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Making life work for both themselves and their parents alone- how children aged 11-16 view themselves in relation to their chronically ill parents in a primary health care setting

Journal article
Authors C. Oja
T. Edbom
A. Nager
Jörgen Månsson
S. Ekblad
Published in International Journal of Adolescence and Youth
Volume 24
Issue 4
Pages 408-420
ISSN 0267-3843
Publication year 2019
Published at Institute of Medicine, School of Public Health and Community Medicine
Pages 408-420
Language en
Keywords Children of impaired parents, primary health care, parent-child relations, medical ethics, qualitative research, health promotion, mental-illness, experiences, adolescent, transmission, depression, disorders, Psychology
Subject categories Public Health, Global Health, Social Medicine and Epidemiology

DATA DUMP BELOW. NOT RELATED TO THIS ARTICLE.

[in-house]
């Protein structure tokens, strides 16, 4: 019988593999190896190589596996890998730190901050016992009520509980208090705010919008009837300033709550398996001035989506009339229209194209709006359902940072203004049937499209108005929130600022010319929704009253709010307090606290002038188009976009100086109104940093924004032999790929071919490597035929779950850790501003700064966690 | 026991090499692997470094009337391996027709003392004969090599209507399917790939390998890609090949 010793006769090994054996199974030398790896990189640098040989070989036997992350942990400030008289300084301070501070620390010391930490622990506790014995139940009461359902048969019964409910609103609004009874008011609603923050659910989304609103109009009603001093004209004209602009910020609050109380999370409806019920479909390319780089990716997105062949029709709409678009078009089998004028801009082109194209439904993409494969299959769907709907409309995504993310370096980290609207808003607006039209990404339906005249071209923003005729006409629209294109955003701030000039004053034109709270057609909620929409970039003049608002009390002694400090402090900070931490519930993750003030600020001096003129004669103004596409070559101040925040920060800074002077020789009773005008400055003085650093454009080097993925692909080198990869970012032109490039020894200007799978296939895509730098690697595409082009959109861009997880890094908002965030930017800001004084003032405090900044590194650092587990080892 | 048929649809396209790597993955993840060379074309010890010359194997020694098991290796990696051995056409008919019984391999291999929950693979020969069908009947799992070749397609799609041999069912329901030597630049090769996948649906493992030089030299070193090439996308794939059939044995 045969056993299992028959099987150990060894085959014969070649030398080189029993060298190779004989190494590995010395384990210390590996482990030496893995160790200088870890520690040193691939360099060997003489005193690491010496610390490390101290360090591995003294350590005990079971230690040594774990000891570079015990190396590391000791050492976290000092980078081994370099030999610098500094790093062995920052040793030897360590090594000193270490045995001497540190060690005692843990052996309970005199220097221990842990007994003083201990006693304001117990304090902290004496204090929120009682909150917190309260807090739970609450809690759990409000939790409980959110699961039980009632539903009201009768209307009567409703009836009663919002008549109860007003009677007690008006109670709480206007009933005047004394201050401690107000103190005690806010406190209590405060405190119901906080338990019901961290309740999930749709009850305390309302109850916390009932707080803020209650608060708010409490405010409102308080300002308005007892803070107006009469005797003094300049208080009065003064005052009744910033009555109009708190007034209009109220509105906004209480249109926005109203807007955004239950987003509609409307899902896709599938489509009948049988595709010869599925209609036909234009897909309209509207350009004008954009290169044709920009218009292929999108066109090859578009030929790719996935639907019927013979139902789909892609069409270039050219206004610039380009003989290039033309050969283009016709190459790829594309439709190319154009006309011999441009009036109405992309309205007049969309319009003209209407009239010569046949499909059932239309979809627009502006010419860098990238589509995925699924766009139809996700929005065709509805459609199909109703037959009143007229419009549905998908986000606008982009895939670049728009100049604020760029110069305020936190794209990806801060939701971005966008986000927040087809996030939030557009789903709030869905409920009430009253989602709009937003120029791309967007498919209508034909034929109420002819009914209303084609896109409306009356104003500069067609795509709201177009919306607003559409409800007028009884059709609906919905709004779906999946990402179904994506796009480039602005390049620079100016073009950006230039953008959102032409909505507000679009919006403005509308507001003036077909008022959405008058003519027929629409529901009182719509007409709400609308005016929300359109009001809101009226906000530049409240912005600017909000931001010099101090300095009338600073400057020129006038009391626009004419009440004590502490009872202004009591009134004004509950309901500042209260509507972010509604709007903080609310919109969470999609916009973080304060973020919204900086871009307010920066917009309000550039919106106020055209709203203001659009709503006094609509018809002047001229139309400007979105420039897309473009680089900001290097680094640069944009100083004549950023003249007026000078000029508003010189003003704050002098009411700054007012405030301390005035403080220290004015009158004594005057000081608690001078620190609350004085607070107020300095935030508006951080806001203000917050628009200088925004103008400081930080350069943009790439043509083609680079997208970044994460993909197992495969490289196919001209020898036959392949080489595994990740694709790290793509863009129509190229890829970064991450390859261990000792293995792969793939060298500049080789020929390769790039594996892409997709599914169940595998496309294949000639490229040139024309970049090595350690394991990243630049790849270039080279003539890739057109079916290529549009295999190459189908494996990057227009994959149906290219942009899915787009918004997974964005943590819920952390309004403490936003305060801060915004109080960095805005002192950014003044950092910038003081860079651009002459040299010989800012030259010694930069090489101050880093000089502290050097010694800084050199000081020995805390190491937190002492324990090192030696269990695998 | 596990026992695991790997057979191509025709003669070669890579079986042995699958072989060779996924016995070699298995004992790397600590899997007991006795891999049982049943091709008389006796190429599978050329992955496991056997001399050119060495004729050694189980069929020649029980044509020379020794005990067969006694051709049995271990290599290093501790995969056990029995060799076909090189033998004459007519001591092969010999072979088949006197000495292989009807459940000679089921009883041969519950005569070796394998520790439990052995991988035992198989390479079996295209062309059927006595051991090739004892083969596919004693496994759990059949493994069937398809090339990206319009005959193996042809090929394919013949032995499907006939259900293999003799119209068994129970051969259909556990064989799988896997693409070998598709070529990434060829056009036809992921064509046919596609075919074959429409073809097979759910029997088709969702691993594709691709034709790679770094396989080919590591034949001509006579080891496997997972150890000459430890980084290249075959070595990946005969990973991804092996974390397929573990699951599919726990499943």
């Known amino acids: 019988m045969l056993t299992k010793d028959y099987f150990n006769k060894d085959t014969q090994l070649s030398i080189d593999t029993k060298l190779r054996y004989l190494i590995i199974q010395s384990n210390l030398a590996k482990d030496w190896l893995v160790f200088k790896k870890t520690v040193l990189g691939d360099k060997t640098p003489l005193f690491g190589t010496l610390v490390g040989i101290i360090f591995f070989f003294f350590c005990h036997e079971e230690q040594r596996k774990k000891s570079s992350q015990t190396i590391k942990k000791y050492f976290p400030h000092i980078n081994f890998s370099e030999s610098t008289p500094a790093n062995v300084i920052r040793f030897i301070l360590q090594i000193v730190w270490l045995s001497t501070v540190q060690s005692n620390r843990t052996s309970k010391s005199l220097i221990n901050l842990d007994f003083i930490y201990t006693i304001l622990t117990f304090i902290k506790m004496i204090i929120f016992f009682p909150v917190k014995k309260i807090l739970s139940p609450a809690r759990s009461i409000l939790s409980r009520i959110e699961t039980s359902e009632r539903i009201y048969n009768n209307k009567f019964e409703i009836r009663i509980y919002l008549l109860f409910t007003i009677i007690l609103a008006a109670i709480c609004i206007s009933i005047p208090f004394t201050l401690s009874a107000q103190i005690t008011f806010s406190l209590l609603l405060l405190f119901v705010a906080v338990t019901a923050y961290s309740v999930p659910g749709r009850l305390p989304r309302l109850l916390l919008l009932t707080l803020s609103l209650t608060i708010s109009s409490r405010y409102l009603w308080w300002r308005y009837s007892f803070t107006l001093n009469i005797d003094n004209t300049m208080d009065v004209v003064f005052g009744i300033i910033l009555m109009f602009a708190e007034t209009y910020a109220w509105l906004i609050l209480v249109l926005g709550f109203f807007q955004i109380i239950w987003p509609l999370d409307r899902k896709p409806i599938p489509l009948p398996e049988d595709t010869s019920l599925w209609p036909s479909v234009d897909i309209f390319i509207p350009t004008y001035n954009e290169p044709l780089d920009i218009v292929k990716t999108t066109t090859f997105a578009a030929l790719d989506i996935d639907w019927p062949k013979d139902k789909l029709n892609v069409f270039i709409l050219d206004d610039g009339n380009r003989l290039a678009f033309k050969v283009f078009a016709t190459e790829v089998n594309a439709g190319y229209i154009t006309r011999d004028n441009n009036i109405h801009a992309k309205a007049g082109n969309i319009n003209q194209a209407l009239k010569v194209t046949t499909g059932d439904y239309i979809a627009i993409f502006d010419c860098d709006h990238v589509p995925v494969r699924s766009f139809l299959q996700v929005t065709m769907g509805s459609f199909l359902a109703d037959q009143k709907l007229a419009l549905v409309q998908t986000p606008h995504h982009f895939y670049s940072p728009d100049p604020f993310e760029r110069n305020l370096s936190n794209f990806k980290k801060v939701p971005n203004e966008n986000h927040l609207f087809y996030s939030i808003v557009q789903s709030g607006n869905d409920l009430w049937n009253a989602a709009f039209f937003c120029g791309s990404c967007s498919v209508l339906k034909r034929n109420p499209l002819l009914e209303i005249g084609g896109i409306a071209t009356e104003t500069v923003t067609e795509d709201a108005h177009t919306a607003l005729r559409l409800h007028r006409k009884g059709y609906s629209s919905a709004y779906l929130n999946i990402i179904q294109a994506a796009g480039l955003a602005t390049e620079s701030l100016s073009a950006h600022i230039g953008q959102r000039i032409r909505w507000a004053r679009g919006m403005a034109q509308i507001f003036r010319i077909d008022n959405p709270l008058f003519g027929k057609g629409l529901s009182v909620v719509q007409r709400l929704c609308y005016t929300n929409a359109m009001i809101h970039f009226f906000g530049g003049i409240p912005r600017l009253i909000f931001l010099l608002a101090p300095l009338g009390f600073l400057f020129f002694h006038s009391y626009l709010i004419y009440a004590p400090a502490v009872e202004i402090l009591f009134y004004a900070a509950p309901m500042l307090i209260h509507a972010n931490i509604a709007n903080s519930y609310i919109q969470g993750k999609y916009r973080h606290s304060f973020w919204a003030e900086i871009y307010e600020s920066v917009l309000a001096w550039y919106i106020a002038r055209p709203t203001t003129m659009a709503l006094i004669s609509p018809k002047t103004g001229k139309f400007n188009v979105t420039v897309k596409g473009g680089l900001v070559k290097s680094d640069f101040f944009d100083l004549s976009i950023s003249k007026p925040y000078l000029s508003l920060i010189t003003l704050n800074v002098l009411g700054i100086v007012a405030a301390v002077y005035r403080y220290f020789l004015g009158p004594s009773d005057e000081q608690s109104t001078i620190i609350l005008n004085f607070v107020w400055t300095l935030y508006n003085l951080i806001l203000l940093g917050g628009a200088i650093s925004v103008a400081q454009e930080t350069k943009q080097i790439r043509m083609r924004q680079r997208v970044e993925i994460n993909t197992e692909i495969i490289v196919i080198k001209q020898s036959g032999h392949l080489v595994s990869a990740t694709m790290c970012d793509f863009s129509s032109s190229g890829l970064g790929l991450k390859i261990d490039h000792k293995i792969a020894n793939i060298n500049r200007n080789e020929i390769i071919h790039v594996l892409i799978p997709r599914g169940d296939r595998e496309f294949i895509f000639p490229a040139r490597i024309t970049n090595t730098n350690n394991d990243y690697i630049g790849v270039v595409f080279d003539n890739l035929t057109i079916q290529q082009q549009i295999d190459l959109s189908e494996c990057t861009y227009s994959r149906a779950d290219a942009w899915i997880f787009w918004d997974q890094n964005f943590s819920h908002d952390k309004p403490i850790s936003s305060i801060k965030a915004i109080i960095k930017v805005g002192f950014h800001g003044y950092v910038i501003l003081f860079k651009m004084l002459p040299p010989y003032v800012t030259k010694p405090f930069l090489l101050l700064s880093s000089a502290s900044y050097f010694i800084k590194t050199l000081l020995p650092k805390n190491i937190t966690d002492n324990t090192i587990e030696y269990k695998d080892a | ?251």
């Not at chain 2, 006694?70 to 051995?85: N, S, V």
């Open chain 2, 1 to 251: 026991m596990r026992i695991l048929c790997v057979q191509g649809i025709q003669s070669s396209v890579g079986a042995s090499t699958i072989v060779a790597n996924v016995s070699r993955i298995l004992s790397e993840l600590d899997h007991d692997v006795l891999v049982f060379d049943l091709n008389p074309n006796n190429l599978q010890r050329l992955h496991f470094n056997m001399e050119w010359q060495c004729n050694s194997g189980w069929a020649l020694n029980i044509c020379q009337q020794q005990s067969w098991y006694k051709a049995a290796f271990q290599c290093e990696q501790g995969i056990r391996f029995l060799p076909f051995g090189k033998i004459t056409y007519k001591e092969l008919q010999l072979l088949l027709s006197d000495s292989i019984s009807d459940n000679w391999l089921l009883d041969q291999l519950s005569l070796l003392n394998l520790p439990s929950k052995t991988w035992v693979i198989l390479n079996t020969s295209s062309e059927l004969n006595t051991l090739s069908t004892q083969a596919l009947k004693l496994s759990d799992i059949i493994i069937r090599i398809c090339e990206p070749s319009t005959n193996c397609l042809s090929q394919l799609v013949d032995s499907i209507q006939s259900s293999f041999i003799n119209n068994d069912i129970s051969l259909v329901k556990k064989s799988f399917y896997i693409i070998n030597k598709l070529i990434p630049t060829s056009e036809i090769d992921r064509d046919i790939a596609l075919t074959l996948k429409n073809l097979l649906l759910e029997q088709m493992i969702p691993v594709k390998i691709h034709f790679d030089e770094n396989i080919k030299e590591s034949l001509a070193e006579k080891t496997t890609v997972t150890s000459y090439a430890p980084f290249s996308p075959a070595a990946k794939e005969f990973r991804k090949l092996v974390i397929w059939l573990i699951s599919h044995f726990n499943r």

This study explores the main concern and life strategies of children whose parents are chronically ill in a Primary Health Care (PHC) center in Stockholm, Sweden. Data was collected through semi-structured individual interviews, and qualitative inductive constant comparative analysis resulted in a conceptual model. The two main strategies the children used were to understand the situation and to adopt a parental role. Children saw themselves as main contributors into the functioning of their families. Results show that these children also viewed their situation as difficult. It is an important mental health task for professionals in PHC to reach out and inform both ill parents and their children that children are very interested and involved in their parents' health. These children need respect for both their capacity and their vulnerability as they struggle to make life stable and functional for themselves and their parents. Further research and development of appropriate interventions are needed in this ethically challenging area.

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